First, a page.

For medical device developers seeking to enter the diverse, complex Asia-Pacific (APAC) market, having a well-planned reimbursement strategy is critical for commercial success. Thoughtful consideration of coverage, coding, and payment should be factored into the product development cycle at its earliest stages, and understanding the reimbursement landscape in all the countries in which you intend to commercialize is essential.
Public and private healthcare funding in the APAC region
Approximately 45 percent of healthcare funding in the APAC region comes from the public sector; however, this represents a blend of countries like Japan, where the government bears over 80 percent of total spending, and India, where the government bears 33 percent of total spending. 1 Private health insurance in the APAC region is growing at 14.8 percent per year as third-party payers move to provide broader access to care and private sector alternatives to nationalized systems.
Figure 1. Government contribution to total healthcare expenditures in select APAC countries (2012) 1
Escalating healthcare costs have prompted payers and purchasing departments to scrutinize device costs. Consequently, it is critical for sponsors to include health economic data and market assessments in their clinical trial designs. Where possible, study protocols should capture cost-effectiveness data, which helps address potential questions as to whether the device provides economic benefits compared to already-available therapies or the standard of care
Rules for reimbursement in select APAC countries
Device reimbursement procedures vary across APAC countries and are usually complicated. Generally, APAC countries manage device reimbursement using a functional category system, where devices are grouped based on similarity in structure, intended use, efficacy and performance. In addition, APAC governments tend to maintain price equilibrium within the product range, regardless or added features or improved efficacy. For device manufacturers, optimizing innovation and price requires not only having knowledge of the official reimbursement procedures, but also understanding the government’s broader healthcare goals.
Figure 2. Comparison of healthcare systems in select APAC countries 2
Adapted from Lee SS, Symonds D, Kamogawa S, et al. Reimbursement coverage and pricing systems for single-use devices in Asia-Pacific: Japan, Taiwan, Korea and Australia compared. Value Health Reg Issues 2015;6:126-129.
In Japan,nearly all medical devices sold are paid for by the country’s National Health Insurance (NHI) system, and reimbursement is complicated.3 Whereas some devices are reimbursed indirectly through procedure fees, others are reimbursed based on global prices. Japan has various reimbursement classes:
- A & B – for already-categorized medical devices
- C – for new medical devices, sub-categorized into C1 for new products based on existing therapies/procedures and C2 for new products arising from a new therapy or procedure
- F – for devices that do not fit into a reimbursement category and will not be reimbursed
Reimbursement rates may be higher for new technologies, but reimbursement negotiations do not occur until nine months after the device is approved. 4
The National Healthcare Insurance Program, the universal healthcare system of Taiwan, is regulated by the Bureau of National Health Insurance (BNHI), which determines prices for new devices by comparing them with similar products on the market. For novel devices, the BHNI examines existing prices in other countries.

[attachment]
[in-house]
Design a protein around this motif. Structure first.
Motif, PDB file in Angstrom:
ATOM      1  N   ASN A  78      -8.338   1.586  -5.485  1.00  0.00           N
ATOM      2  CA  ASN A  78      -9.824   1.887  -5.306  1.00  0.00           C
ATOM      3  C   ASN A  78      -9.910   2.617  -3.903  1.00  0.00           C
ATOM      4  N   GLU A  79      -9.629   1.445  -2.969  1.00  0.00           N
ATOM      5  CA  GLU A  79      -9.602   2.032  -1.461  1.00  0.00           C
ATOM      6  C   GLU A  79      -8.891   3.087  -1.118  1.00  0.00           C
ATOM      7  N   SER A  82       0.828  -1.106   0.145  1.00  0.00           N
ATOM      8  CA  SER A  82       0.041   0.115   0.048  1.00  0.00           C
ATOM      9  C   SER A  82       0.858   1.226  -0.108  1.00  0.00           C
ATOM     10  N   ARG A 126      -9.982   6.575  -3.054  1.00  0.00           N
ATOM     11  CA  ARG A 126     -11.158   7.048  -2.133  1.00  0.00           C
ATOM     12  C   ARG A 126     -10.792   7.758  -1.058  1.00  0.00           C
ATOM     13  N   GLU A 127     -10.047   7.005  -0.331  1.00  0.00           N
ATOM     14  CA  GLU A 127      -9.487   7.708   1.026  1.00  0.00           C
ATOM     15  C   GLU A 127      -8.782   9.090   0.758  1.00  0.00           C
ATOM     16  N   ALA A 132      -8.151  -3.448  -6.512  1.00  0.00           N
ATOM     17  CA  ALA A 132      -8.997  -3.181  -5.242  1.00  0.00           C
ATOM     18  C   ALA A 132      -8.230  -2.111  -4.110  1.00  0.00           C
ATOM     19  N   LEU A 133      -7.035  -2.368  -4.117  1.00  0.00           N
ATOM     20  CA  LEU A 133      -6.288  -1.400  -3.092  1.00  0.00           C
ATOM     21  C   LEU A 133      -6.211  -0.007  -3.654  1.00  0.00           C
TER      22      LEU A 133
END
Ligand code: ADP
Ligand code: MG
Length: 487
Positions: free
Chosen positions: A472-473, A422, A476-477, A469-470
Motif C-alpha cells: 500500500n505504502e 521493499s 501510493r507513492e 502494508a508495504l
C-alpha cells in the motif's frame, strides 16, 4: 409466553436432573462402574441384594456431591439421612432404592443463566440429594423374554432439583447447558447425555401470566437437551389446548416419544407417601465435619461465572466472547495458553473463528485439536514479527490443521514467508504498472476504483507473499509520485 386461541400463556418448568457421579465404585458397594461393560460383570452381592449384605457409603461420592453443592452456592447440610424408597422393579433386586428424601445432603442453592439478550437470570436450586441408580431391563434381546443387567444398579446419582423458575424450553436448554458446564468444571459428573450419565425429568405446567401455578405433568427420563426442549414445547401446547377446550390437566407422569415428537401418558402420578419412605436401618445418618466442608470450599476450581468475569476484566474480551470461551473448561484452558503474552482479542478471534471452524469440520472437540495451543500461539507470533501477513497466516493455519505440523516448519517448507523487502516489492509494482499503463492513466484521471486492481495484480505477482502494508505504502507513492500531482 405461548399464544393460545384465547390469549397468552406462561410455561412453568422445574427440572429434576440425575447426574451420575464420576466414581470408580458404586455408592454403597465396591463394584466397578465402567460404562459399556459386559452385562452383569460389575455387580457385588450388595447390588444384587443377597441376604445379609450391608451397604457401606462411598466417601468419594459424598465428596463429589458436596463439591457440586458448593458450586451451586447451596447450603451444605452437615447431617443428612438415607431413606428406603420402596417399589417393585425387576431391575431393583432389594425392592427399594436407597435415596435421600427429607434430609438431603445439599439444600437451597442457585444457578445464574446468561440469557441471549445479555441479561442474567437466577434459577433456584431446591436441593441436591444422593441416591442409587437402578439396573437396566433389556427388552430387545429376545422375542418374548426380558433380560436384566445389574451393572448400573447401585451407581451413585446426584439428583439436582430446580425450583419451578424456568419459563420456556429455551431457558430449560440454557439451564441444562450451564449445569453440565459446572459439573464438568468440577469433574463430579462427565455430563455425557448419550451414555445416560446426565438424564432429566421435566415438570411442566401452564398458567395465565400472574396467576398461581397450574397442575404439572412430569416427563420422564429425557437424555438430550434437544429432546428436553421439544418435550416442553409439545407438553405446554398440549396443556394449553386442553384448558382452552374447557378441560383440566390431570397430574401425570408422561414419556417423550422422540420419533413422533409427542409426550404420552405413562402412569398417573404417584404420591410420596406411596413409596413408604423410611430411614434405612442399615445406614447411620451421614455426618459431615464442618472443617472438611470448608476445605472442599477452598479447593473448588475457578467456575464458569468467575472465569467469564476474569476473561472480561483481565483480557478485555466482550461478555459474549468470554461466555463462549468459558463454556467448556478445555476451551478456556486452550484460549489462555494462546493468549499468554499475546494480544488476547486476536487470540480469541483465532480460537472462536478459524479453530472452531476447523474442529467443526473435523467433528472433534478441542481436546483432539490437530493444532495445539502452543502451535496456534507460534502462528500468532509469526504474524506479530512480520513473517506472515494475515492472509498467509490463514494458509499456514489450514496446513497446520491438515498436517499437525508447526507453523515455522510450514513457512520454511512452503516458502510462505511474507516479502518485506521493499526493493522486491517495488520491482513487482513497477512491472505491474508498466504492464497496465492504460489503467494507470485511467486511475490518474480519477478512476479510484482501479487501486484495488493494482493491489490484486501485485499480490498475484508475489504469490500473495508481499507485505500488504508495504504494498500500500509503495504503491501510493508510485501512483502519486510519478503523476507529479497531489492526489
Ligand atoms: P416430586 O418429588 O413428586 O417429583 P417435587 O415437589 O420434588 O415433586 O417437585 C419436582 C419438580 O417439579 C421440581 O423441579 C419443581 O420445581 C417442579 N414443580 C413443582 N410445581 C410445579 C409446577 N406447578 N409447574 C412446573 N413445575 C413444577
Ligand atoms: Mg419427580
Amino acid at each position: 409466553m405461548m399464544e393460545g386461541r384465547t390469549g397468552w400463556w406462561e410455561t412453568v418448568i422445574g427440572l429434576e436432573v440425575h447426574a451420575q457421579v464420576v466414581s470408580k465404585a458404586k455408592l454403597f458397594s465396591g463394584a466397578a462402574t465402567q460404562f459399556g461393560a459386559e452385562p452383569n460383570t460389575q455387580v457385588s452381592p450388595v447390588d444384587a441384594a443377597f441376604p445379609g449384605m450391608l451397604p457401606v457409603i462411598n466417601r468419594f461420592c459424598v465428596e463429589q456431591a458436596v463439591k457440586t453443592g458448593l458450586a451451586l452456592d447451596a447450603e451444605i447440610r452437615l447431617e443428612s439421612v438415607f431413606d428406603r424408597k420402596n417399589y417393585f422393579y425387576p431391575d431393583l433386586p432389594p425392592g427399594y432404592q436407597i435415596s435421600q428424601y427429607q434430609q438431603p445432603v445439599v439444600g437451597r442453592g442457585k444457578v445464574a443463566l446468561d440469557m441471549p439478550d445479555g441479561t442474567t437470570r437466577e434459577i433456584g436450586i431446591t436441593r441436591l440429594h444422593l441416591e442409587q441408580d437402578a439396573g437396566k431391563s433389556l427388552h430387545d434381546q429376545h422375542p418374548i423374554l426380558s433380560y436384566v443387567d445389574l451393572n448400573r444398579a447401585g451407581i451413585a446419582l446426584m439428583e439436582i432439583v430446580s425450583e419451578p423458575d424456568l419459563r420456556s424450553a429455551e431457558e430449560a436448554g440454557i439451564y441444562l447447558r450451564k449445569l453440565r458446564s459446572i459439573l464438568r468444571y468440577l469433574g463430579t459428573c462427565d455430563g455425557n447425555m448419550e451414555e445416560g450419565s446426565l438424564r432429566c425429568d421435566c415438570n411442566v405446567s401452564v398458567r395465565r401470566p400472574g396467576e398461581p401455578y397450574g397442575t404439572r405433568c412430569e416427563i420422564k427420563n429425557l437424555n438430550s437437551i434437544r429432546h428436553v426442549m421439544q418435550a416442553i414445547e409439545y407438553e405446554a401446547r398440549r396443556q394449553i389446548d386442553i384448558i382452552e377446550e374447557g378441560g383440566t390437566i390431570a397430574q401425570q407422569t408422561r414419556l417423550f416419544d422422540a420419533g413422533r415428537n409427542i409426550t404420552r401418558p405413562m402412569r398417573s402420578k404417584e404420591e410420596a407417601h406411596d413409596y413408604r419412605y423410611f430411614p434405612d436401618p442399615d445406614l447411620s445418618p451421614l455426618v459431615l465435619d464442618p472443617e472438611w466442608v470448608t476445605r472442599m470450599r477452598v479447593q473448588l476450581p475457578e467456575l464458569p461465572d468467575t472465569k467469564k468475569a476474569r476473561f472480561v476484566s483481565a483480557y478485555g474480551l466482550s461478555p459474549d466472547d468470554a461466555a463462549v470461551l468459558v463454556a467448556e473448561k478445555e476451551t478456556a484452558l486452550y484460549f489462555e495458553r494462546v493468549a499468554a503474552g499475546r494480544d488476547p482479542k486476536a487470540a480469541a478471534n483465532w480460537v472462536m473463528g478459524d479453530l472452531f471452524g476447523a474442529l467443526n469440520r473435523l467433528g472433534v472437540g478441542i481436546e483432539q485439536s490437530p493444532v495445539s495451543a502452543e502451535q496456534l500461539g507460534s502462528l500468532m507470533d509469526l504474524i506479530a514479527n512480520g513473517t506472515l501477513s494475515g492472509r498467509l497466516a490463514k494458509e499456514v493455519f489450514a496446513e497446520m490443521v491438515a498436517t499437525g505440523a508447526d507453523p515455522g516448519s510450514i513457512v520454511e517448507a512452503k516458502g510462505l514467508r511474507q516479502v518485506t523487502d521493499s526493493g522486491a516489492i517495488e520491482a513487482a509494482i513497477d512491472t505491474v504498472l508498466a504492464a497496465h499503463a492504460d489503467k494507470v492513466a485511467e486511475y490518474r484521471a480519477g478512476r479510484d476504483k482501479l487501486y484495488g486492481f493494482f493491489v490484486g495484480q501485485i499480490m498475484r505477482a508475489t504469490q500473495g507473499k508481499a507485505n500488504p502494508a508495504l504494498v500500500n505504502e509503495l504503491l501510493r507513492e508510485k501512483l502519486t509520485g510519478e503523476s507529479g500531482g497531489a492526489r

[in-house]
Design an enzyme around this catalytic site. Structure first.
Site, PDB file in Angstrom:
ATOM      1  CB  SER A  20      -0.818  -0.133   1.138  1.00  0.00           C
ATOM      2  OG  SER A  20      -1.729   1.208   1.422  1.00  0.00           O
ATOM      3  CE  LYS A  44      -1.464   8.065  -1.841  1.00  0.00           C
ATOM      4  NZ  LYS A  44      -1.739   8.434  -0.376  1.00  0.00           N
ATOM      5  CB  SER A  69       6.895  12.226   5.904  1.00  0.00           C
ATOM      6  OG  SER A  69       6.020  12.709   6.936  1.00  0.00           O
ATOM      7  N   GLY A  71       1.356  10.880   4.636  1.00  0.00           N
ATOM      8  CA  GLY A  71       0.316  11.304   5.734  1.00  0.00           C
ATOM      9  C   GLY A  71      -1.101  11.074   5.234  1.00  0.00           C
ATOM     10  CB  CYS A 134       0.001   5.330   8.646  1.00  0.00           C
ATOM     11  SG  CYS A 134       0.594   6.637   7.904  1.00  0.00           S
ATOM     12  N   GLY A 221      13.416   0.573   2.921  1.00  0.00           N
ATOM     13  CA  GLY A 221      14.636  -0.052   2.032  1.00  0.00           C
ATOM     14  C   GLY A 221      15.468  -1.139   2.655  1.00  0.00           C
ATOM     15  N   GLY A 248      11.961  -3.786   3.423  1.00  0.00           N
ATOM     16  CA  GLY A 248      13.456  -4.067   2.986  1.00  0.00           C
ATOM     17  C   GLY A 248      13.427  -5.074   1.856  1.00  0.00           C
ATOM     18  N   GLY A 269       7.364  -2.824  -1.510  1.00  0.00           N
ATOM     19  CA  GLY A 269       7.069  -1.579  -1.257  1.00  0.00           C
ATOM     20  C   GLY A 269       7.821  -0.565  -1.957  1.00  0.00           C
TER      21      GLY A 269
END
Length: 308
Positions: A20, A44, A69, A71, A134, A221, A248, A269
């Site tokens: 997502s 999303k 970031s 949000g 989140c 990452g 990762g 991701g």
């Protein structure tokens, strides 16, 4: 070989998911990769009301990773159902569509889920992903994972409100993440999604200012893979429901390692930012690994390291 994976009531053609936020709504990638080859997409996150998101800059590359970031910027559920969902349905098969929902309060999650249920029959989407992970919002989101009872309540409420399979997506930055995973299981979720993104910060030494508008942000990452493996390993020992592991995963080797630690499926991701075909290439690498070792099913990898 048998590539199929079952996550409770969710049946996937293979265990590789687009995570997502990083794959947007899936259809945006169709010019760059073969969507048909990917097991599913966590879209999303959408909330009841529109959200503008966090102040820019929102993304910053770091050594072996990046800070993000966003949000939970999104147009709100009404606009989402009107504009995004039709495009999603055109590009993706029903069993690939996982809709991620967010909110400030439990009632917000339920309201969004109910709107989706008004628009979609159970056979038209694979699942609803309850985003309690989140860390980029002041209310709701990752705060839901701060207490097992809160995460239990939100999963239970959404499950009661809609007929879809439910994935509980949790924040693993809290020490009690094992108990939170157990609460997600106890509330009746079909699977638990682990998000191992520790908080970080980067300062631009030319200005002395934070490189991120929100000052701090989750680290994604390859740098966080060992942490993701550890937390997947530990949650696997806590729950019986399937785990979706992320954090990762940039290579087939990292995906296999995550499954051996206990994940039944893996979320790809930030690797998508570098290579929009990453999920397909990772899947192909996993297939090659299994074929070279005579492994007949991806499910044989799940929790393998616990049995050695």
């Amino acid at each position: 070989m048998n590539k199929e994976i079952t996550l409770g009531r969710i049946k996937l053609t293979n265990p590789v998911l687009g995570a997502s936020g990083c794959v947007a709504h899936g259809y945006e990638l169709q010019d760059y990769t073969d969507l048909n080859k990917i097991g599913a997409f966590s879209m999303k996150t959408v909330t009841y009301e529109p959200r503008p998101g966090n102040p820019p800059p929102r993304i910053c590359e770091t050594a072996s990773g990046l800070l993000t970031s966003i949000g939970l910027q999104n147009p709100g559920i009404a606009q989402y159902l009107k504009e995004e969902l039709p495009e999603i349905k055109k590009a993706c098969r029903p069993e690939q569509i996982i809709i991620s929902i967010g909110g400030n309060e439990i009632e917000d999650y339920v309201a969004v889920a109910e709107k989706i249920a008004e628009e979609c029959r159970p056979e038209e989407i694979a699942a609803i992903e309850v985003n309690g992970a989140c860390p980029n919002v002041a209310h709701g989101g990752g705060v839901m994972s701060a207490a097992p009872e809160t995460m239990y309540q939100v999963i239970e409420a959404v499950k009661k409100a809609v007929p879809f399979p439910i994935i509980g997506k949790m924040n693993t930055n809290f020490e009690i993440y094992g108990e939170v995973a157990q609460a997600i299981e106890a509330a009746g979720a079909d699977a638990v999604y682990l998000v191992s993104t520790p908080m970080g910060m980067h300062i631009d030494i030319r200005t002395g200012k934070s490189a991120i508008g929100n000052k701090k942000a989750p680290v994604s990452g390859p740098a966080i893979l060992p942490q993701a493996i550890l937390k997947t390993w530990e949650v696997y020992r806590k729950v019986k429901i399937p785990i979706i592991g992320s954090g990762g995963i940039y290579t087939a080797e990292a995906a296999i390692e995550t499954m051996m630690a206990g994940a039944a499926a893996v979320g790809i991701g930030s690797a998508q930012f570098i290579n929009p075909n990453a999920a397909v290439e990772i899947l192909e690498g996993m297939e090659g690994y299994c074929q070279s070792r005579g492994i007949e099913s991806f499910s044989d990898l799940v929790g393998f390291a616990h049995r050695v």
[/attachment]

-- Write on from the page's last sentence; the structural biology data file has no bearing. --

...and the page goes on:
Under the regulations set by Korea’s Ministry of Health and Welfare (MOHW) and Health Insurance Review Agency (HIRA), medical devices are grouped with predicate products and given the lowest price among existing predicates. For novel products, HIRA may determine a new reimbursement price comparable to or less than the price in countries where the device has already been approved.
Australia’s national health system reimburses medical devices using Diagnostic Related Group (DRG)-based prospective case payments. In the private health insurance system, only devices listed on the Prostheses List, a device register administered by the Department of Health, are reimbursed. 2
In China, reimbursement may vary among provinces or even cities. The medical insurance system is largely run by the government and, in order to be reimbursable, a device must be on the Medical Insurance Reimbursement Lists.
It is important to understand—and plan for—nuances in the reimbursement landscapes of Asian healthcare systems. Collaborating with strategic partners who have device expertise and local know how can help ensure that there is market demand and a clear path to reimbursement. To learn more, watch our webinar here.
1 World Health Organization. WHO Global Health Expenditure Atlas, September 2014. https://www.who.int/health-accounts/atlas2014.pdf. Accessed October 23, 2019.
2 Lee SS, Symonds D, Kamogawa S, et al. Reimbursement coverage and pricing systems for single-use devices in Asia-Pacific: Japan, Taiwan, Korea and Australia compared. Value Health Reg Issues 2015;6:126-129.
3 World Health Organization. Global Health Expenditure Database. Accessed October 23, 2019.
4 MedTech Intelligence. Strategies for Success in Japan’s Medical Device Market. MedTech Intelligence website. Published March 7, 2018. https://www.medtechintelligence.com/column/strategies-success-japans-medical-device-market/. Accessed October 23, 2019.